By Steve Lichtenstein
» More Columns
New Jersey general manager Ray Shero has now crossed off his two most pressing items on his summer to-do list after the team announced Thursday that it has re-signed Palmieri, its most valuable forward from last season, to a five-year contract.
Previously this offseason, Shero acquired the proven goal scorer he so desperately needed when he traded for Edmonton’s Taylor Hall.
The Palmieri signing wasn’t so surprising given the New Jersey-bred player’s stated preference for staying home. However, despite his restricted free agent status, the alternatives couldn’t be totally ruled out — especially in this offseason that featured a dearth of top talent after Steven Stamkos re-upped with Tampa Bay — until Palmieri filed for arbitration Tuesday.
Palmieri’s decision to file allowed Shero to focus on the new contract’s term in the negotiations. With the five-year deal, Shero has the 25-year-old Palmieri locked up for three unrestricted free agent seasons while in his prime.
All for a very affordable $4.65 million average annual value.
That’s some bargain for a player coming off a 30-goal, 57-point campaign, the best on the team.
For comparison purposes, New York Post columnist Larry Brooks predicted Tuesday that 21-goal scorer Chris Kreider, who is the same age as Palmieri, would cost the Rangers at least $5 million per year for a long-term contract.
And Kreider is no way near the two-way player Palmieri has become.
Palmieri plays in all situations. Though listed at 5 feet, 11 inches and 195 pounds, he is a willing bodychecker and will fight for loose pucks in the hard areas around the net. No one has ever questioned his motor.
It’s Palmieri’s ability to put the puck in the net, though, that pays his bills.
The Devils — last in the league in even-strength goals — had the ninth-most proficient power play last season. Coach John Hynes had Palmieri play the Alex Ovechkin role, setting up near the left circle for one-timers — his 11 power play goals ranked 15th in the league, and he also contributed 12 assists in man-advantage situations.
He can skate, he can shoot, and he is conscientious in his own end.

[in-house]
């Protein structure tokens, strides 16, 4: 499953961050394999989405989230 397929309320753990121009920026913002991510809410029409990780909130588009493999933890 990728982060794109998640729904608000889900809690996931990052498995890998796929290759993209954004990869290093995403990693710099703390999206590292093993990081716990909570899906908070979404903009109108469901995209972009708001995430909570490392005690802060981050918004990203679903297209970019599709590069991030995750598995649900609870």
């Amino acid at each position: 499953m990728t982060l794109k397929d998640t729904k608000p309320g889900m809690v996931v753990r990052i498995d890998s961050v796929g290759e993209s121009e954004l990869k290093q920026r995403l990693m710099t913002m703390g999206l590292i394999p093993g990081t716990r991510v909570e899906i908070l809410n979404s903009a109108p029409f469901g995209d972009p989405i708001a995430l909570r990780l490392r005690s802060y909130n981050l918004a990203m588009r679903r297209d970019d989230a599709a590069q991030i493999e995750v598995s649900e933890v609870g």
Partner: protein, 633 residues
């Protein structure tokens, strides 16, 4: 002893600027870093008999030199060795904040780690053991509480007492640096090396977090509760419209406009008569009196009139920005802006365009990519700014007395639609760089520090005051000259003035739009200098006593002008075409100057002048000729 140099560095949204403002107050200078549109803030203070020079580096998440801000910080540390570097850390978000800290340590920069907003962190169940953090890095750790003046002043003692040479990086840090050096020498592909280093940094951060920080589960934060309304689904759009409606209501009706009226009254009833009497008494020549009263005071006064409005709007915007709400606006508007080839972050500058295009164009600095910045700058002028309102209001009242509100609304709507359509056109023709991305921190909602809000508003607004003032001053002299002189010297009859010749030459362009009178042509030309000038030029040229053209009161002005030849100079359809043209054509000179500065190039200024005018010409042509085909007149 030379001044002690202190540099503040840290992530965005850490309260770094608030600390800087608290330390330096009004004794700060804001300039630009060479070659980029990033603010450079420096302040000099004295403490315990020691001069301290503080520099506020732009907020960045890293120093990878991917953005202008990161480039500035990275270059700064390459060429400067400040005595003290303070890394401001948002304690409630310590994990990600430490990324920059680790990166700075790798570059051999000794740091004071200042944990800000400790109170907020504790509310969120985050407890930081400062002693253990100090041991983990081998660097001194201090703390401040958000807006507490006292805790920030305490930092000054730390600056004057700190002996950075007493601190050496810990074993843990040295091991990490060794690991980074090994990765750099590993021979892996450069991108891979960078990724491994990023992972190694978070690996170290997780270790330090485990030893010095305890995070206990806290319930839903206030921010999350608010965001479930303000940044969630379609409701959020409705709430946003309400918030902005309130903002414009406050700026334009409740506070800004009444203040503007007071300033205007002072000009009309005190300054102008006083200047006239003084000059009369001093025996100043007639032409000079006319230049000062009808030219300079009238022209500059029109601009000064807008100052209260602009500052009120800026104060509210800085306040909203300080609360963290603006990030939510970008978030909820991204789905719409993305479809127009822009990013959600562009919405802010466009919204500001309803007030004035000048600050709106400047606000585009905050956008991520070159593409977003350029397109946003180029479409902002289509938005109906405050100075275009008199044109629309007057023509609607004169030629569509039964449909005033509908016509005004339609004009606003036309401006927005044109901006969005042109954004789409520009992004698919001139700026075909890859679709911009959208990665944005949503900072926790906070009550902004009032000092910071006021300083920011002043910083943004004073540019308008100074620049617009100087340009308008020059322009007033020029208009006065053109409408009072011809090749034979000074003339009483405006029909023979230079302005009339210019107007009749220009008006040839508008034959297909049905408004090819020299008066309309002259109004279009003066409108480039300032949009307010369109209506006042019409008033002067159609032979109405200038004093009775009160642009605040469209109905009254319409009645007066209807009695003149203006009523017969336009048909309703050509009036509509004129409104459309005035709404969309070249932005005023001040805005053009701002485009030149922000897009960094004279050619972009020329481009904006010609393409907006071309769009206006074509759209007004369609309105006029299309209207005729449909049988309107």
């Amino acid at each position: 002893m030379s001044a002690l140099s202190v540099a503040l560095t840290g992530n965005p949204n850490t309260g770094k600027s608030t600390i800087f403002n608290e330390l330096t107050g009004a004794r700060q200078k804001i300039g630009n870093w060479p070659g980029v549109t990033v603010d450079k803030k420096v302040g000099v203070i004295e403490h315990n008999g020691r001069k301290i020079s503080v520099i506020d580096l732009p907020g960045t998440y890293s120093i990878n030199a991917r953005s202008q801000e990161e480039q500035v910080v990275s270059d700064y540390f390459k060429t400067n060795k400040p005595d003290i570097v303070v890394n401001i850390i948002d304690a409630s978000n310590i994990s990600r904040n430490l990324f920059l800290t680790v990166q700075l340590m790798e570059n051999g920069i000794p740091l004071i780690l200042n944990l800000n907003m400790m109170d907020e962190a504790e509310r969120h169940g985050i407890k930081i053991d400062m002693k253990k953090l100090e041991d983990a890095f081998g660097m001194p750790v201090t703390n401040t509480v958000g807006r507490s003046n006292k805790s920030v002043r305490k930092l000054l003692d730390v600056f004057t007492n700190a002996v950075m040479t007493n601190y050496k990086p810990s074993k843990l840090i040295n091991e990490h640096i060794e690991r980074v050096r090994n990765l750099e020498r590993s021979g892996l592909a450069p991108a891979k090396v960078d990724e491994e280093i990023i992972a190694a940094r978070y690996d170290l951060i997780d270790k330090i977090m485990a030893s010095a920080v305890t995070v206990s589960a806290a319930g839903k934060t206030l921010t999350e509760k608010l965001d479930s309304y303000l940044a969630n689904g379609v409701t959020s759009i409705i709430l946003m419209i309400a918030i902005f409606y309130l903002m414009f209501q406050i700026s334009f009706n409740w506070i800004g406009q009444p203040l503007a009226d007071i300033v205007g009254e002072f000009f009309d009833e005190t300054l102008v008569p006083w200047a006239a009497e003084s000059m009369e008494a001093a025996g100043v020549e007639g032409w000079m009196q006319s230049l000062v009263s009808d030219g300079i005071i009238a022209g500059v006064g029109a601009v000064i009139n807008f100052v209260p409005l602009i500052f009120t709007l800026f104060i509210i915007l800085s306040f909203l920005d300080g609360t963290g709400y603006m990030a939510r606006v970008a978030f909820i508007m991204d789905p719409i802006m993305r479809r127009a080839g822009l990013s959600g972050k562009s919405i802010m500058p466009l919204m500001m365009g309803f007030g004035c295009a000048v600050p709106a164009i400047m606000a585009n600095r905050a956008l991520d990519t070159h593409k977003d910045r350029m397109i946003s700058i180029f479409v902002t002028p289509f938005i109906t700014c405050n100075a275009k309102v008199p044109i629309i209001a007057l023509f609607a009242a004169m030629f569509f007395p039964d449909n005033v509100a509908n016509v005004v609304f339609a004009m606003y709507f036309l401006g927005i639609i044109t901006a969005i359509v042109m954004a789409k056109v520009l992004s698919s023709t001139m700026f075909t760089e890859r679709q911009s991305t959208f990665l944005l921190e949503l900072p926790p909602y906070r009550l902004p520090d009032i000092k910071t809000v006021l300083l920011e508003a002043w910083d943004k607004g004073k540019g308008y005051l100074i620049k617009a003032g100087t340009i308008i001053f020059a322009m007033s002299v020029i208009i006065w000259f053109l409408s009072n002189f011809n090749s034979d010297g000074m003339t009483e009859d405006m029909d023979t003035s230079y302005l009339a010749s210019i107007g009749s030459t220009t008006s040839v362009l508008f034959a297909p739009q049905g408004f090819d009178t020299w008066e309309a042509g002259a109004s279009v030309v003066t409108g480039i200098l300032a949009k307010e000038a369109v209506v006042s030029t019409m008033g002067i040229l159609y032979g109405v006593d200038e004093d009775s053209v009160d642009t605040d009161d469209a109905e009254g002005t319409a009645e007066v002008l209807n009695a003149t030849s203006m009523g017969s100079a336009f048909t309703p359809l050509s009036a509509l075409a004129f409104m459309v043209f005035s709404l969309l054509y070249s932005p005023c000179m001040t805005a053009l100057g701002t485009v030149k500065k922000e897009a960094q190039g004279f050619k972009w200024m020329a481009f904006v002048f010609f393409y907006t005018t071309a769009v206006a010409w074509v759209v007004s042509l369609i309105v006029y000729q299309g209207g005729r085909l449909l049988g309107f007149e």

Strange how the rest of the league hasn’t figured that out.
All it took for Shero to obtain Palmieri from Anaheim a year ago was a pair of draft picks. Even after his stellar year, Palmieri was omitted from Team USA’s roster for the upcoming World Cup of Hockey. He was rarely mentioned as an oversight.
On top of their status as a national TV ratings death knell, the Devils are used to being the third wheel in the metropolitan area. Unless they win the Stanley Cup, the New York media largely ignores them.
When Lou Lamoriello ran the organization for 28 years until Shero took over last summer, he was known for his disdain of star promotion. He felt it could harm his team-first philosophy, with the side benefit of keeping players’ egos in check should they desire to earn more money.
Now that Palmieri will be a Devil until 2021, the franchise should make sure every kid who plays youth hockey in this state owns his No. 21 jersey.
According to a December profile by Dave Caldwell in The New York Times, Palmieri grew up playing hockey on a makeshift rink his father built on the family farm in Montvale. He played for the Devils’ sponsored youth teams based in Codey Arena in West Orange before leading St. Peter’s Prep in Jersey City to the state finals in his sophomore year of high school.
Palmieri then was invited to join the United States National Development Program based in Michigan, where he completed high school and enrolled at Notre Dame. He was selected by the Ducks in the first round of the 2009 NHL Entry Draft and made his debut the following season.
He’s the homegrown kid who has made good in his home state. More people should know about him.
Except if they did, maybe he wouldn’t be here.
For a FAN’s perspective of the Nets, Jets and the NHL, follow Steve on Twitter @SteveLichtenst1